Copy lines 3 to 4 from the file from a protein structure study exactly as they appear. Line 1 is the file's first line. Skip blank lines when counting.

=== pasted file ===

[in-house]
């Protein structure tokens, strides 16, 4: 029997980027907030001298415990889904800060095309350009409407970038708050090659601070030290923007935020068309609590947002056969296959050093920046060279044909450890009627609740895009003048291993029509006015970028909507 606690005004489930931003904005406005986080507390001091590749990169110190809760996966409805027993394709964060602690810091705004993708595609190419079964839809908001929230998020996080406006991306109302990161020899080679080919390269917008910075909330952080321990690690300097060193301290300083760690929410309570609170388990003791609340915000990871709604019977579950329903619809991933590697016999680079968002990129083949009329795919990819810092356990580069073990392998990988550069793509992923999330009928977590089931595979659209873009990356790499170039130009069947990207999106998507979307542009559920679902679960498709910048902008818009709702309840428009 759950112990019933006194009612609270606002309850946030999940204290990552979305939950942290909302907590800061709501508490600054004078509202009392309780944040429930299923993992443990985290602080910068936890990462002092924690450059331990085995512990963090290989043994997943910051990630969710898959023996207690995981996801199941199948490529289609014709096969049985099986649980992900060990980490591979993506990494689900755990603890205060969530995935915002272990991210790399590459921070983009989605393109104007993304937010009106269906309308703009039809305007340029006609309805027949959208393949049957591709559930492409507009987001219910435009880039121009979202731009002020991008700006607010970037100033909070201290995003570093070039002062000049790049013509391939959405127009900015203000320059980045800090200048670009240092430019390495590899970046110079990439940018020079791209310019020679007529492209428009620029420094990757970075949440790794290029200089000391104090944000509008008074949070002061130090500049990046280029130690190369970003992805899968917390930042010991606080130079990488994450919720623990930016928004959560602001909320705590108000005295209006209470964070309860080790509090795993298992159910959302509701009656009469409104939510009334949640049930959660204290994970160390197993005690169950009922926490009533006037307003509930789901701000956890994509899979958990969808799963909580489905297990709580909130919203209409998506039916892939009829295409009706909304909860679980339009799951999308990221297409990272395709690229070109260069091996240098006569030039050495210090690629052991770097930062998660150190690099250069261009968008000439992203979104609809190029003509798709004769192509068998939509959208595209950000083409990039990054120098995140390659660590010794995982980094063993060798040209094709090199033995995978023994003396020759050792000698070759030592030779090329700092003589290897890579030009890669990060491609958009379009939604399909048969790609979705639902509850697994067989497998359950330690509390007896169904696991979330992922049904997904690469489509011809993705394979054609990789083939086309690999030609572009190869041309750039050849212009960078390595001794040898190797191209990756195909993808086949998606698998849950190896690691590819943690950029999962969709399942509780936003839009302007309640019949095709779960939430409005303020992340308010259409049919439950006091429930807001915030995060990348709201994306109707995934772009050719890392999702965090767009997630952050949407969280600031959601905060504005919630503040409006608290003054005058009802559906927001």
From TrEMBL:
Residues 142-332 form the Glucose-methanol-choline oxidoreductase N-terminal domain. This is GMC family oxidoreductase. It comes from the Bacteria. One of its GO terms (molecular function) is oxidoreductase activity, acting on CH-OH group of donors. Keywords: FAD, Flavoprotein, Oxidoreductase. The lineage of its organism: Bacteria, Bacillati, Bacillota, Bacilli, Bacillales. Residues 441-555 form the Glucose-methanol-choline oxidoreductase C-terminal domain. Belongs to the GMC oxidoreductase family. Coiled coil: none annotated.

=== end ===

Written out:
From TrEMBL:
Residues 142-332 form the Glucose-methanol-choline oxidoreductase N-terminal domain. This is GMC family oxidoreductase. It comes from the Bacteria. One of its GO terms (molecular function) is oxidoreductase activity, acting on CH-OH group of donors. Keywords: FAD, Flavoprotein, Oxidoreductase. The lineage of its organism: Bacteria, Bacillati, Bacillota, Bacilli, Bacillales. Residues 441-555 form the Glucose-methanol-choline oxidoreductase C-terminal domain. Belongs to the GMC oxidoreductase family. Coiled coil: none annotated.